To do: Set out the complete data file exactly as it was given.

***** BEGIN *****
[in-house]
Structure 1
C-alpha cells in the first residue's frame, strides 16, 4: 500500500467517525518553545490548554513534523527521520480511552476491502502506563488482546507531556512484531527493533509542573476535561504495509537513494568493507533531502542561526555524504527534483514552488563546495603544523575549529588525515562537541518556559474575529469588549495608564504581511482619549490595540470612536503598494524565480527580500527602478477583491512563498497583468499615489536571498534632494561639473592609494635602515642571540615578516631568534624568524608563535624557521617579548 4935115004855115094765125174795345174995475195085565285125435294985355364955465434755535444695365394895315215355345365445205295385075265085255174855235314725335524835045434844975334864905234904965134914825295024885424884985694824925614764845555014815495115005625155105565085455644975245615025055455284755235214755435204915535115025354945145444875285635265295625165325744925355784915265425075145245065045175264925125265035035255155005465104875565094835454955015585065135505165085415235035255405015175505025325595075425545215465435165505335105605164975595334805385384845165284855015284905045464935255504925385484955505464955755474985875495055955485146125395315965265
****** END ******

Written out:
[in-house]
Structure 1
C-alpha cells in the first residue's frame, strides 16, 4: 500500500467517525518553545490548554513534523527521520480511552476491502502506563488482546507531556512484531527493533509542573476535561504495509537513494568493507533531502542561526555524504527534483514552488563546495603544523575549529588525515562537541518556559474575529469588549495608564504581511482619549490595540470612536503598494524565480527580500527602478477583491512563498497583468499615489536571498534632494561639473592609494635602515642571540615578516631568534624568524608563535624557521617579548 4935115004855115094765125174795345174995475195085565285125435294985355364955465434755535444695365394895315215355345365445205295385075265085255174855235314725335524835045434844975334864905234904965134914825295024885424884985694824925614764845555014815495115005625155105565085455644975245615025055455284755235214755435204915535115025354945145444875285635265295625165325744925355784915265425075145245065045175264925125265035035255155005465104875565094835454955015585065135505165085415235035255405015175505025325595075425545215465435165505335105605164975595334805385384845165284855015284905045464935255504925385484955505464955755474985875495055955485146125395315965265